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MARCH, 2013

Message from Nelson & Company, P.S., CPAs

IRS WARNS OF SCAMS ---Beware of Emails and Phone Calls

We have warned you about phishing tricks via phony emails, calls and letters, but another game is in town and the IRS wants to warn you about it.  Scams.  
Taxpayers need to beware of bogus IRS emails, texts, calls and letters that try to trick you into disclosing personal and financial information. These scammers often send letters about refunds and use fake websites to try to get you to disclose information. Some of them look very official - but they are scams.
What the IRS wants you to know:

Visit the IRS website for more details on how to report scams - and to see examples of IRS fraud.

David S. Nelson, CPA, CTRS
Certified Public Accountants

IRS Times & Inquirer

Inside This Issue...

Snoop Dogg Owes $546k in Back Taxes
Ohio Businessman Used Cash Payment In Attempt To Evade Nearly $400,000 In Income Taxes

Snoop Dogg Owes $546k in Back Taxes

Hip-hop artist Snoop Dogg owes more than half a million dollars in back taxes to the Internal Revenue Service.

According to a lien the government filed, Snoop Dogg, whose real name is Calvin Cordozar Broadus Jr., owes $546,270.29 in unpaid taxes for the years 2009 and 2011.

Snoop Dogg, who was discovered by rapper and record producer Dr. Dre, has sold more than 30 million albums worldwide. His first album, Doggystyle, sold nearly a million copies in its first week of release and was a four-time platinum album.

This isn't Snoop Dogg's first brush with the IRS. According to celebrity news site TMZ, Snoop Dogg owed $476,000 in back taxes in 2008. He paid that debt when it came to his attention.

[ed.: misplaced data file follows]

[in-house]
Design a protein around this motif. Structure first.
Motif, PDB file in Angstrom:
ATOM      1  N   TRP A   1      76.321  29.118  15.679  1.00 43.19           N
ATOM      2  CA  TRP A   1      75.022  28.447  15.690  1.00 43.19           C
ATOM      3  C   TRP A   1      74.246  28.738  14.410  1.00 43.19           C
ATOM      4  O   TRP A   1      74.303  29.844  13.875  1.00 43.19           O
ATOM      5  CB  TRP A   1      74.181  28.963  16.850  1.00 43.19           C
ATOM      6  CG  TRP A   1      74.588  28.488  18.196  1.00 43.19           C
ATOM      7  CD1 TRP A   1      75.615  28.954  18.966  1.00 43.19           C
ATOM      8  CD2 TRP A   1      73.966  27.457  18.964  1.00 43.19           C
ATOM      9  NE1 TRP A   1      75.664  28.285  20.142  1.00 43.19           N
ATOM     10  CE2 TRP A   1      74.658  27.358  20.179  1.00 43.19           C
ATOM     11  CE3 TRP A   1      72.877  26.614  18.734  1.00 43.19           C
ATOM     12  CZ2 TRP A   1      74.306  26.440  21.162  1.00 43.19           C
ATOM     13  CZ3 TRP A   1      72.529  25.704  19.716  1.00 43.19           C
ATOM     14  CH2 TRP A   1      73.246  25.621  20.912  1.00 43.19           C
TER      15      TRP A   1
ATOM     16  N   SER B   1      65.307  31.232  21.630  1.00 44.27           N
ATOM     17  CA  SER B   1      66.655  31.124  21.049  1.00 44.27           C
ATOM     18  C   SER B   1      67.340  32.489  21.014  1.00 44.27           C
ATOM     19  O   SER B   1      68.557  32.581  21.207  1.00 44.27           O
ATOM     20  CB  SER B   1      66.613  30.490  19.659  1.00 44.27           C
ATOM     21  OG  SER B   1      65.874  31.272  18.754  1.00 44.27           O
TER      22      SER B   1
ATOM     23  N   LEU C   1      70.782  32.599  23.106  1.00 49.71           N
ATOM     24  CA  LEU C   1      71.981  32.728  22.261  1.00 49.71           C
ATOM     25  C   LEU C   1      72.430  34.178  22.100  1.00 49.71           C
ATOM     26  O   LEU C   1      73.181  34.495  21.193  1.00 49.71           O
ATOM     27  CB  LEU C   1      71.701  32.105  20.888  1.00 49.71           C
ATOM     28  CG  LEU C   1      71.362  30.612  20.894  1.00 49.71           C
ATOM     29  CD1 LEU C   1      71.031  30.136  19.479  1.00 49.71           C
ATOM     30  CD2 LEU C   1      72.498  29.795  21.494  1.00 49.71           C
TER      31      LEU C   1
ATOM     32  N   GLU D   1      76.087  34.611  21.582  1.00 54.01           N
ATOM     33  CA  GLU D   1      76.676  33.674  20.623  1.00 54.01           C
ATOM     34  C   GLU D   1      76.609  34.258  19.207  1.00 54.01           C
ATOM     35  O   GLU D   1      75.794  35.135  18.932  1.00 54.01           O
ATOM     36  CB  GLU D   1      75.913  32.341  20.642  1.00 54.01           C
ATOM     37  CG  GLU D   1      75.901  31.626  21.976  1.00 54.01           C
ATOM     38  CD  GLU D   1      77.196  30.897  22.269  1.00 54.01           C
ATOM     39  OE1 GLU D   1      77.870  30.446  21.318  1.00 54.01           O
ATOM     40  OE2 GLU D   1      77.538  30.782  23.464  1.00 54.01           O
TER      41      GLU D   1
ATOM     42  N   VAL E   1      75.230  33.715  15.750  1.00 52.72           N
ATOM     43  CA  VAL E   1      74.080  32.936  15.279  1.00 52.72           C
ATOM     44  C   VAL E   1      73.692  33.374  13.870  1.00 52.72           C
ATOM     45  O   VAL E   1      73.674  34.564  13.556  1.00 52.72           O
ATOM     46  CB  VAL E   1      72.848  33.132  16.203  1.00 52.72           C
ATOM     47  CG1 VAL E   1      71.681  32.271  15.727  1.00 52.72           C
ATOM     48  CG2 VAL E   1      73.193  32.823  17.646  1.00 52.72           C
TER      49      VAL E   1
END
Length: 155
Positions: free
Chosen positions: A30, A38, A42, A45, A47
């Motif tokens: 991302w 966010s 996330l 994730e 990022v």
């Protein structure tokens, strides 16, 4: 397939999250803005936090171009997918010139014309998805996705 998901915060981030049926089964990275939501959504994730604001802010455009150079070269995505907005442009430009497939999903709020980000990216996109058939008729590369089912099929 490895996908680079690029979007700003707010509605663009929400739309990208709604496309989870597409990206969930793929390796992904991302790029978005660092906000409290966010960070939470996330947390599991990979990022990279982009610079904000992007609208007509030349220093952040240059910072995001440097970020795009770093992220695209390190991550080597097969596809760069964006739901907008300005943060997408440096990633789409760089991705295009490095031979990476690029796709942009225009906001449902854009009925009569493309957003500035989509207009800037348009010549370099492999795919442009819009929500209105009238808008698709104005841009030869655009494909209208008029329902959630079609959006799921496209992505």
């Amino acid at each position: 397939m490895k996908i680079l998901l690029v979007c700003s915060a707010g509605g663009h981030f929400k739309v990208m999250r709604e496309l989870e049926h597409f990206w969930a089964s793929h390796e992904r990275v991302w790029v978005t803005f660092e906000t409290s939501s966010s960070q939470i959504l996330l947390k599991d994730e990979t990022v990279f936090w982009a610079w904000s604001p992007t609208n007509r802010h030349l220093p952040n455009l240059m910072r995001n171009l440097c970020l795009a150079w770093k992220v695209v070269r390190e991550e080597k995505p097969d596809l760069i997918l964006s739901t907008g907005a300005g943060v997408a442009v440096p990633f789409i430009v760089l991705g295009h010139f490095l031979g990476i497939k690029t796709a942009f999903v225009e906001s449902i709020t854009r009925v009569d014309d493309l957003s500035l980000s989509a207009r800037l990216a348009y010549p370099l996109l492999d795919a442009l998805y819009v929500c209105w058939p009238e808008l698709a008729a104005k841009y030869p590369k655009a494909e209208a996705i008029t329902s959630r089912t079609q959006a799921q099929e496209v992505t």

Ohio Businessman Used Cash Payment In Attempt To Evade Nearly $400,000 In Income Taxes

An Ohio man will spend the next 18 months in federal prison after pleading guilty to income tax evasion.

John W. Hufgard, 59, of Bath Township, Ohio, must also pay restitution to the Internal Revenue Service of $397,659 Hufgard was the sole proprietor of Universal Service and Repair.

Hufgard sold manufacturing racks to metal scrap dealers, and failed to report the proceeds on his federal income tax returns. Hufgard concealed his scheme by selling racks for cash, by depositing business income into his personal account, business income diverted into his personal account, and falsely recording business income as short term loans from himself, according to court documents.

He also tried to conceal his scheme by moving large amounts of scrapped metal racks to buyers greatest distances away. Hufgard preferred these dealers because they were willing to pay him in cash rather than rather using unknown dealers who might pay by check, according to court documents.

Through this scheme, Hufgard evaded approximately $397,659 in federal taxes.




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--Our Policies--

Nelson & Company, P.S., CPAs Since 1979

Circular 230 Disclosure:
To ensure compliance with requirements imposed by the IRS, we inform you that (i) any tax advice contained in this communication (including any attachments) was not intended or written to be used, and cannot be used for the purpose of avoiding penalties under the Internal Revenue Code or (ii) promoting, marketing or recommending to another party any transaction or matter addressed herein.